By Pamela Doan
I watered the plants in the morning and noticed a few top stems on a tomato looked as if they had been bitten off. Deer don’t normally nibble tomato plants, and the other plants weren’t bothered, but I was busy, and after glancing over the rest of the plant and not noticing anything amiss, I didn’t think about it again. When I came back to water the next day, it was completely defoliated.
The culprit, too full of tomato leaves to make a quick getaway, was lying in the bottom of the plant’s container. A thick hornworm lay there, Manduca spp., lolling around in the dirt.
As far as caterpillars go, hornworms are as yucky as they sound. They can grow up to 4 inches long and are green and smooth except for the namesake horn at the tail. It has arrow-shaped, white and black markings on its sides.
I can’t describe it any better than to say that it’s soft and squishy looking. It definitely falls into the category of insects that most people don’t want to handpick off plants and dispose of. Unfortunately, that’s the best solution to get rid of them. Soapy water will suffice for a quick exit, all squishiness aside.
When I looked it up, I realized that, of course, this is a transitional body. As an adult, it becomes what is commonly referred to as a “hawk moth.” I’ve seen these before, and they are cool. I felt bad for disposing of it then, even though I had to do something or else it would have laid eggs in the soil and eaten my other plants, too. I’m not getting many tomatoes off these plants this year, and each one is valued. Sorry, moth!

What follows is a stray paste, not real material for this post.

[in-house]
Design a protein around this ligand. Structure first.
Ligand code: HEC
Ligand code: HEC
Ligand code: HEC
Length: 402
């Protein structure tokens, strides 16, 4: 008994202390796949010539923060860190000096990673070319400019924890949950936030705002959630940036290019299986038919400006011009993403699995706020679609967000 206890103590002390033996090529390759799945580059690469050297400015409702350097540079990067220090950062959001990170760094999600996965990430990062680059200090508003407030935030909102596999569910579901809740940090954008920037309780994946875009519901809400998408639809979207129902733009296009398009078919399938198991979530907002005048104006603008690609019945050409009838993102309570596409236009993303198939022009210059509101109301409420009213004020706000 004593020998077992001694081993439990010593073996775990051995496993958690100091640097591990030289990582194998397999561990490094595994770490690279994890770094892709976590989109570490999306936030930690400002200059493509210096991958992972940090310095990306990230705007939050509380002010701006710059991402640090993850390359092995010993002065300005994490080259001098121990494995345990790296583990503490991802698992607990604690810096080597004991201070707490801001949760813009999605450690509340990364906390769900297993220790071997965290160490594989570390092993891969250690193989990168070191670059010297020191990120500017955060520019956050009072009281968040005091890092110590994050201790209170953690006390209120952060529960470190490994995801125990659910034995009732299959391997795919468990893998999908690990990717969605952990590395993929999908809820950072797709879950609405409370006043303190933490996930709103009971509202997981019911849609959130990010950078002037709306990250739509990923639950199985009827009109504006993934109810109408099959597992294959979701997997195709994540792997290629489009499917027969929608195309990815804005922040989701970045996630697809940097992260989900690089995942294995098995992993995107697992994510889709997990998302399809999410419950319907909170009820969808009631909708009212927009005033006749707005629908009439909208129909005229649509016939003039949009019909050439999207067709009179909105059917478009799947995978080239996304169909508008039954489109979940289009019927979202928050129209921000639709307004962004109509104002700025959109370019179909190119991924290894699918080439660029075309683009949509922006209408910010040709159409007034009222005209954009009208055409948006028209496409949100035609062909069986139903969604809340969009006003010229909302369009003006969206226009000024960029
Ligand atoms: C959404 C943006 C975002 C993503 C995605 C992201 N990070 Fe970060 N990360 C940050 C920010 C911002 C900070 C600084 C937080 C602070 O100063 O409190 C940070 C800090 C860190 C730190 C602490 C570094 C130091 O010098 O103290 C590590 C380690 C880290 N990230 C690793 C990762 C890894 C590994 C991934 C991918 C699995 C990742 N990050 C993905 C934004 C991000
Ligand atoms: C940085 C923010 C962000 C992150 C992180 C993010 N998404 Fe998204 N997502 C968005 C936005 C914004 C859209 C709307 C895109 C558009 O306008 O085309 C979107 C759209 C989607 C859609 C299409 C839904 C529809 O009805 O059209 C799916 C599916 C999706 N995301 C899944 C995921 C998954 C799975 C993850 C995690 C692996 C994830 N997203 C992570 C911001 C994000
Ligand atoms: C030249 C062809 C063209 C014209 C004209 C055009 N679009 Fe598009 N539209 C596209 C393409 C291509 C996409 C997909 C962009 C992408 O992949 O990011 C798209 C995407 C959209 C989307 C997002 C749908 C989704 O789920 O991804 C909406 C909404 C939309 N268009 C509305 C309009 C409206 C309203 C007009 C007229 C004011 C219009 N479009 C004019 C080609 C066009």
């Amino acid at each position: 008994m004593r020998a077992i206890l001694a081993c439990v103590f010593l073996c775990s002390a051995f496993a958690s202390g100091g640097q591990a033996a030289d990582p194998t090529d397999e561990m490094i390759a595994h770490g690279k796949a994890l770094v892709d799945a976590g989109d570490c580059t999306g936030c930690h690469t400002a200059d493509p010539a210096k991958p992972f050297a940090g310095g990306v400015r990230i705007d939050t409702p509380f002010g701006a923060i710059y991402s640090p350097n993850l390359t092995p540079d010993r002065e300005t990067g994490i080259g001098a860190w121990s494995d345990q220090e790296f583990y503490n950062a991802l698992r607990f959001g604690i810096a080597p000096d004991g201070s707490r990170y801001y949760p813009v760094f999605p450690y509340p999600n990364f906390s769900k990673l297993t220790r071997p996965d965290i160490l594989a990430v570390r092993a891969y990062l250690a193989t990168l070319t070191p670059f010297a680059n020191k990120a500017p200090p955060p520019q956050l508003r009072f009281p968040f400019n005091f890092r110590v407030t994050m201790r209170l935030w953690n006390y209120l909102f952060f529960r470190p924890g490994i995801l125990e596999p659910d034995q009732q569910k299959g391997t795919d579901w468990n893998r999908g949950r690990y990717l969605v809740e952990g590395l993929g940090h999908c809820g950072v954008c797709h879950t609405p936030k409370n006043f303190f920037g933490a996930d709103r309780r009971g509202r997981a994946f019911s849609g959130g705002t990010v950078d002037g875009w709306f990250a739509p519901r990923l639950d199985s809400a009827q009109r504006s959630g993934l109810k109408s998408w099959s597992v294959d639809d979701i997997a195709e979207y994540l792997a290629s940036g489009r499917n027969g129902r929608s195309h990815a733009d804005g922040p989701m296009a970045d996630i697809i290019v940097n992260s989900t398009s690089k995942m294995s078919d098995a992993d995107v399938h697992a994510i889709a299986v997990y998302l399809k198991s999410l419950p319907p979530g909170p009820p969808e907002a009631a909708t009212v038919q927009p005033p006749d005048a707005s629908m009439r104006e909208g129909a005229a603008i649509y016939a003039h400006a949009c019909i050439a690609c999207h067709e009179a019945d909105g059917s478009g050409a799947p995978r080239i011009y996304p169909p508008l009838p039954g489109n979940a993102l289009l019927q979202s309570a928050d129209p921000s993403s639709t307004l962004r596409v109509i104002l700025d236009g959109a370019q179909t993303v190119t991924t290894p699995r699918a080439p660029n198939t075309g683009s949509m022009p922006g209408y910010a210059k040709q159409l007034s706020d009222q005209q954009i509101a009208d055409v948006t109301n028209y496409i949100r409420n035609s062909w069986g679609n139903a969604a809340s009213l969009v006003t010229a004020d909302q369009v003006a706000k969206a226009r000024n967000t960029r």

Maybe next year I plant a few tomatoes for the hornworms/moths? Probably not.
Here’s where the paper wasps come in handy as a security patrol. They are predators, as are lady beetles and green lacewings. They can keep an eye on the tomato plants and serve as a biological control for the pests. Wasps feast on soft-bodied insects, and the hornworms are a great lunch. Consider that before spraying a wasps’ nest if it’s in a location that is out of the way and they don’t pose a threat. Living with them nearby can be a great benefit for the tomato harvest.
I have focused on tomatoes, but hornworms survive on all nightshade plants, including eggplant and potatoes. My caterpillars are the second round of this insect species for the season, too. Their parents emerged from the soil in the spring and then laid eggs that hatched in midsummer. My hornworm would have completed its life cycle by going into a larval stage, overwintering in the ground, then returning in the spring as a moth to start all over again. Nature is amazing.
One other fascinating tidbit I learned about the hornworm from an online fact sheet maintained by the University of Minnesota Extension program is that a parasitic wasp uses the hornworm as an incubator and food source. It lays eggs inside the hornworm, and the tiny cocoons project from its body.
If you see these on a hornworm, the site advises that it be left in the garden until the wasps complete their pupate stage. The adults will eventually emerge from the hornworm, killing it in the process. Then the good bugs can go find new bad bug hosts for the next generation. It’s a beautiful cycle.
Other pests that can bother tomatoes are aphids, flea beetles, cutworms and whiteflies. Each is primarily controlled by observation and handpicking or spraying with water, in the case of aphids. Although there are pesticides available, this is the best method. Tilling the soil should be sufficient to get rid of any burrowers or eggs.
Since I’ve got tomatoes planted in containers, I’ll be sure to rotate the soil in the containers, too, just like I would in the garden beds. By removing the host plant from the same soil year after year, I can disrupt the chain of events.